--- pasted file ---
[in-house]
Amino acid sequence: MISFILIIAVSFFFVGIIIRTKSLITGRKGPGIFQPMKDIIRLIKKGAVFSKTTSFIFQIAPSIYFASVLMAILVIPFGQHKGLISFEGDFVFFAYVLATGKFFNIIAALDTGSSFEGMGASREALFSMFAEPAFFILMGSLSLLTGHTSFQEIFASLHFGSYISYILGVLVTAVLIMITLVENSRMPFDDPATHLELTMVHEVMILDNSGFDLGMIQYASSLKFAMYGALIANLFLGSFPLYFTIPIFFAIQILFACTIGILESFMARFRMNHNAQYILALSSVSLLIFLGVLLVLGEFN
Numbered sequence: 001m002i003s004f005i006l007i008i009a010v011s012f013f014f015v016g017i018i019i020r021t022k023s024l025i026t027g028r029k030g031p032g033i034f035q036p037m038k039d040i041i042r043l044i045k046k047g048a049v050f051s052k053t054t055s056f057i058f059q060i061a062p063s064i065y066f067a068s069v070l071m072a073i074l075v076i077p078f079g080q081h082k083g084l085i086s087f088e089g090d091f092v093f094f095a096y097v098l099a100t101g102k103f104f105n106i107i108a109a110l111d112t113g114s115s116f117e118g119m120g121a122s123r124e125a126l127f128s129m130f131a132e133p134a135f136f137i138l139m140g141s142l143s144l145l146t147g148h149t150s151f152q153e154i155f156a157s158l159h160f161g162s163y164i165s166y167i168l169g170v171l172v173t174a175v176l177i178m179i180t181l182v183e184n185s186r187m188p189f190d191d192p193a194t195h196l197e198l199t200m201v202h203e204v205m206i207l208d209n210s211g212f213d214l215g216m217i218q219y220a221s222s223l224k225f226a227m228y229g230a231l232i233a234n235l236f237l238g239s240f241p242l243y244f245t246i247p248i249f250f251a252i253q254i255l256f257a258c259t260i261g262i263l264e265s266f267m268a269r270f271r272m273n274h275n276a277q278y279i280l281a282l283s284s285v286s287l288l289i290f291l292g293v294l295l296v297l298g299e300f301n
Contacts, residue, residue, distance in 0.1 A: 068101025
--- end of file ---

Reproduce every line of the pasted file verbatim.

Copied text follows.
[in-house]
Amino acid sequence: MISFILIIAVSFFFVGIIIRTKSLITGRKGPGIFQPMKDIIRLIKKGAVFSKTTSFIFQIAPSIYFASVLMAILVIPFGQHKGLISFEGDFVFFAYVLATGKFFNIIAALDTGSSFEGMGASREALFSMFAEPAFFILMGSLSLLTGHTSFQEIFASLHFGSYISYILGVLVTAVLIMITLVENSRMPFDDPATHLELTMVHEVMILDNSGFDLGMIQYASSLKFAMYGALIANLFLGSFPLYFTIPIFFAIQILFACTIGILESFMARFRMNHNAQYILALSSVSLLIFLGVLLVLGEFN
Numbered sequence: 001m002i003s004f005i006l007i008i009a010v011s012f013f014f015v016g017i018i019i020r021t022k023s024l025i026t027g028r029k030g031p032g033i034f035q036p037m038k039d040i041i042r043l044i045k046k047g048a049v050f051s052k053t054t055s056f057i058f059q060i061a062p063s064i065y066f067a068s069v070l071m072a073i074l075v076i077p078f079g080q081h082k083g084l085i086s087f088e089g090d091f092v093f094f095a096y097v098l099a100t101g102k103f104f105n106i107i108a109a110l111d112t113g114s115s116f117e118g119m120g121a122s123r124e125a126l127f128s129m130f131a132e133p134a135f136f137i138l139m140g141s142l143s144l145l146t147g148h149t150s151f152q153e154i155f156a157s158l159h160f161g162s163y164i165s166y167i168l169g170v171l172v173t174a175v176l177i178m179i180t181l182v183e184n185s186r187m188p189f190d191d192p193a194t195h196l197e198l199t200m201v202h203e204v205m206i207l208d209n210s211g212f213d214l215g216m217i218q219y220a221s222s223l224k225f226a227m228y229g230a231l232i233a234n235l236f237l238g239s240f241p242l243y244f245t246i247p248i249f250f251a252i253q254i255l256f257a258c259t260i261g262i263l264e265s266f267m268a269r270f271r272m273n274h275n276a277q278y279i280l281a282l283s284s285v286s287l288l289i290f291l292g293v294l295l296v297l298g299e300f301n
Contacts, residue, residue, distance in 0.1 A: 068101025